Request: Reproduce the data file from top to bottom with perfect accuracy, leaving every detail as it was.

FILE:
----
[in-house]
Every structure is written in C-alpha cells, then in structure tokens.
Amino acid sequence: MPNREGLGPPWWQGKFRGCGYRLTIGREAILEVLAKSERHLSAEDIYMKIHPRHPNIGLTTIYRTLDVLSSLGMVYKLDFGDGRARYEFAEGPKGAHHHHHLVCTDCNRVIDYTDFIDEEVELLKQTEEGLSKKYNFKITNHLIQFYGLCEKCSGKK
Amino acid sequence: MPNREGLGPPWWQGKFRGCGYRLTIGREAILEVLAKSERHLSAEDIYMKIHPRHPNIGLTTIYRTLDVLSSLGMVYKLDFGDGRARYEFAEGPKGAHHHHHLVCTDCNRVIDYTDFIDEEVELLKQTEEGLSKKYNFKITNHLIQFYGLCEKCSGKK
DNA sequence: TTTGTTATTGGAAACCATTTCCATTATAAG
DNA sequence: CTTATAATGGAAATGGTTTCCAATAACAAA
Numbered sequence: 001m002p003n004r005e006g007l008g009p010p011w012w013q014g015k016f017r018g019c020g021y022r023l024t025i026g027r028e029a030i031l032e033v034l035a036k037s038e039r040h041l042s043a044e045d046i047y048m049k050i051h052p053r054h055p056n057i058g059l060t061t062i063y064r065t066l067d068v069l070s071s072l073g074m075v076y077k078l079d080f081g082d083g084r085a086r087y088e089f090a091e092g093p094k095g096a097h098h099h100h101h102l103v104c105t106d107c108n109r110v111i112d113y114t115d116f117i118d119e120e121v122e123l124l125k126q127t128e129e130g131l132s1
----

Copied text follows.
[in-house]
Every structure is written in C-alpha cells, then in structure tokens.
Amino acid sequence: MPNREGLGPPWWQGKFRGCGYRLTIGREAILEVLAKSERHLSAEDIYMKIHPRHPNIGLTTIYRTLDVLSSLGMVYKLDFGDGRARYEFAEGPKGAHHHHHLVCTDCNRVIDYTDFIDEEVELLKQTEEGLSKKYNFKITNHLIQFYGLCEKCSGKK
Amino acid sequence: MPNREGLGPPWWQGKFRGCGYRLTIGREAILEVLAKSERHLSAEDIYMKIHPRHPNIGLTTIYRTLDVLSSLGMVYKLDFGDGRARYEFAEGPKGAHHHHHLVCTDCNRVIDYTDFIDEEVELLKQTEEGLSKKYNFKITNHLIQFYGLCEKCSGKK
DNA sequence: TTTGTTATTGGAAACCATTTCCATTATAAG
DNA sequence: CTTATAATGGAAATGGTTTCCAATAACAAA
Numbered sequence: 001m002p003n004r005e006g007l008g009p010p011w012w013q014g015k016f017r018g019c020g021y022r023l024t025i026g027r028e029a030i031l032e033v034l035a036k037s038e039r040h041l042s043a044e045d046i047y048m049k050i051h052p053r054h055p056n057i058g059l060t061t062i063y064r065t066l067d068v069l070s071s072l073g074m075v076y077k078l079d080f081g082d083g084r085a086r087y088e089f090a091e092g093p094k095g096a097h098h099h100h101h102l103v104c105t106d107c108n109r110v111i112d113y114t115d116f117i118d119e120e121v122e123l124l125k126q127t128e129e130g131l132s1